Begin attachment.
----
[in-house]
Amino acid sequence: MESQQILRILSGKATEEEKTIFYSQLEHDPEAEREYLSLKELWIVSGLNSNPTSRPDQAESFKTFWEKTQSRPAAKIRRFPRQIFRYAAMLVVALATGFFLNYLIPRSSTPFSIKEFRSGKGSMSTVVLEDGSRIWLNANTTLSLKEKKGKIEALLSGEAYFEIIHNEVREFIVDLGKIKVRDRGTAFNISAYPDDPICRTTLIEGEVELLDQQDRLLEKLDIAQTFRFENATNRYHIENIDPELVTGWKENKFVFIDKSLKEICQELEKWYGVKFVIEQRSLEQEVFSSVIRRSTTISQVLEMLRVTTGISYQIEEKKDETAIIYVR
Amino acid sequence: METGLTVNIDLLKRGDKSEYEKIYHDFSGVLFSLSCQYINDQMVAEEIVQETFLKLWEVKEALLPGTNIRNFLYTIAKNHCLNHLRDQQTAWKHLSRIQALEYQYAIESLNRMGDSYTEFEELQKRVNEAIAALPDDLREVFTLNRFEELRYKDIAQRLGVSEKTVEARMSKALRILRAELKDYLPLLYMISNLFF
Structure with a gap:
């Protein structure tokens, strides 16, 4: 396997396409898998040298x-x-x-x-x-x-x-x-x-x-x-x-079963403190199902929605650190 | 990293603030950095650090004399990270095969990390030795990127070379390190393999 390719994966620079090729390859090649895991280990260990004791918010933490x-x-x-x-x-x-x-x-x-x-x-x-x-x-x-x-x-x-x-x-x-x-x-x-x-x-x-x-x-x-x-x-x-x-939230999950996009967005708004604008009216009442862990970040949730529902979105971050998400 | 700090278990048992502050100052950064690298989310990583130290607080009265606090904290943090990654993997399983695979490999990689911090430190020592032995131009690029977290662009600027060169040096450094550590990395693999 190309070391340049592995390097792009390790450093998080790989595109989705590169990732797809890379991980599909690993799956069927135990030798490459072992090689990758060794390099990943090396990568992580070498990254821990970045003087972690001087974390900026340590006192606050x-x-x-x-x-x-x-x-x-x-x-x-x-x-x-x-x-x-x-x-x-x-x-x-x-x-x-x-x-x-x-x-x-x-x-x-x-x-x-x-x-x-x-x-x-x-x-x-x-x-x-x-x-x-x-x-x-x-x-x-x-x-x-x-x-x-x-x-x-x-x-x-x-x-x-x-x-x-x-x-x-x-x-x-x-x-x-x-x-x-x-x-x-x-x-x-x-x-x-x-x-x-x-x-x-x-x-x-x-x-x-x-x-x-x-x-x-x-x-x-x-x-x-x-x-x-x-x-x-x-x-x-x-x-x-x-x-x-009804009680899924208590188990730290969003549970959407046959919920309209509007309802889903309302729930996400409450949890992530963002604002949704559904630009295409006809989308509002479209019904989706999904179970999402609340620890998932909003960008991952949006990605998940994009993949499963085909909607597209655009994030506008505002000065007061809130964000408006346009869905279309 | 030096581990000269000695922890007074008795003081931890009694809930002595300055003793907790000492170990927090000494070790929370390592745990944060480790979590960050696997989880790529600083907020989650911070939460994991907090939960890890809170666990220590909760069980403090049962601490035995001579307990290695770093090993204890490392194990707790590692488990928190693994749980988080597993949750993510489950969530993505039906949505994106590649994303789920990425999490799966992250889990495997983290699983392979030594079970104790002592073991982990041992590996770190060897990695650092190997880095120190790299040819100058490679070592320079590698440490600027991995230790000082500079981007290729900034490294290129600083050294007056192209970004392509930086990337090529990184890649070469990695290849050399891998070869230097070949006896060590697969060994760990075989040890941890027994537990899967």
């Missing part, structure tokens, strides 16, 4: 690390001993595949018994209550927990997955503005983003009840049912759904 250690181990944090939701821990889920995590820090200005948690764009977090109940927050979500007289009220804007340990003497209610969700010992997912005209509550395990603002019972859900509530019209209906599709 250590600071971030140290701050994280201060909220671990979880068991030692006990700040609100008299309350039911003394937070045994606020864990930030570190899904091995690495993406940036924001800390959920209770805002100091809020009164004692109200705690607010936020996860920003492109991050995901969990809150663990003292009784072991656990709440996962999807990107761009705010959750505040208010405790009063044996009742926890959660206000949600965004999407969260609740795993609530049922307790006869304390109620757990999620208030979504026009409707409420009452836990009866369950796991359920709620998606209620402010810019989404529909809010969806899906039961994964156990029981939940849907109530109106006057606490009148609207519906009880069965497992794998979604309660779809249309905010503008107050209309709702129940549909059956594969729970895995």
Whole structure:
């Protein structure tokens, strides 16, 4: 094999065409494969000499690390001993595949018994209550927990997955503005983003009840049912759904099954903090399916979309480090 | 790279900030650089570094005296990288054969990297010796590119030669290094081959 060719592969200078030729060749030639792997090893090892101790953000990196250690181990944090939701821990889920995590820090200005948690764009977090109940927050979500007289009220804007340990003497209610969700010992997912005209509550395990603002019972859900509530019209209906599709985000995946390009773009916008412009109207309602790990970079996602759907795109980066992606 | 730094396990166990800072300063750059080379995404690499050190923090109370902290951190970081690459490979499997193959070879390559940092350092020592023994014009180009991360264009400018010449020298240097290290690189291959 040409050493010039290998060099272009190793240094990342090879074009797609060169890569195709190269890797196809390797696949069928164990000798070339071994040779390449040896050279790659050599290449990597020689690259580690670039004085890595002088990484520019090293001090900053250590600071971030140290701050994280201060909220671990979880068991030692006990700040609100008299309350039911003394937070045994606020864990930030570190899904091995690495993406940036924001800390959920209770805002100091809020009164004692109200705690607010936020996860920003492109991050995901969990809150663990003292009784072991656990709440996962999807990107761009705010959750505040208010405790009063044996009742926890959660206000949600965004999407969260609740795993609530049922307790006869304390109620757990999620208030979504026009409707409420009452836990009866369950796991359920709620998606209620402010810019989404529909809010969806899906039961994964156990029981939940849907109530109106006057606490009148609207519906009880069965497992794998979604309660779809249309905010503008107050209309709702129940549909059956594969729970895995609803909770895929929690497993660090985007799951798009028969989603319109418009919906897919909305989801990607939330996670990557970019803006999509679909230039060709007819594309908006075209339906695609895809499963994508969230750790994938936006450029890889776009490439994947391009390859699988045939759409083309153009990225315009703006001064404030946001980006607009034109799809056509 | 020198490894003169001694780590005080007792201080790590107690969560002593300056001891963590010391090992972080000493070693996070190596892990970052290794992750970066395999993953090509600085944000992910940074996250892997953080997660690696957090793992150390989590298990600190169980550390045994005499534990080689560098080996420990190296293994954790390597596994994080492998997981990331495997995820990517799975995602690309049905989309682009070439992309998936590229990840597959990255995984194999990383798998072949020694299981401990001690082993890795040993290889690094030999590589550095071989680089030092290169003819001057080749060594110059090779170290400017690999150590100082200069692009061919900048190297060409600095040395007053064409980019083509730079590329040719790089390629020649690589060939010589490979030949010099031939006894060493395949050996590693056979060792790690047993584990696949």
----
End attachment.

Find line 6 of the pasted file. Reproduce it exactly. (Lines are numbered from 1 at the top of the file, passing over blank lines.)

């Missing part, structure tokens, strides 16, 4: 690390001993595949018994209550927990997955503005983003009840049912759904 250690181990944090939701821990889920995590820090200005948690764009977090109940927050979500007289009220804007340990003497209610969700010992997912005209509550395990603002019972859900509530019209209906599709 250590600071971030140290701050994280201060909220671990979880068991030692006990700040609100008299309350039911003394937070045994606020864990930030570190899904091995690495993406940036924001800390959920209770805002100091809020009164004692109200705690607010936020996860920003492109991050995901969990809150663990003292009784072991656990709440996962999807990107761009705010959750505040208010405790009063044996009742926890959660206000949600965004999407969260609740795993609530049922307790006869304390109620757990999620208030979504026009409707409420009452836990009866369950796991359920709620998606209620402010810019989404529909809010969806899906039961994964156990029981939940849907109530109106006057606490009148609207519906009880069965497992794998979604309660779809249309905010503008107050209309709702129940549909059956594969729970895995």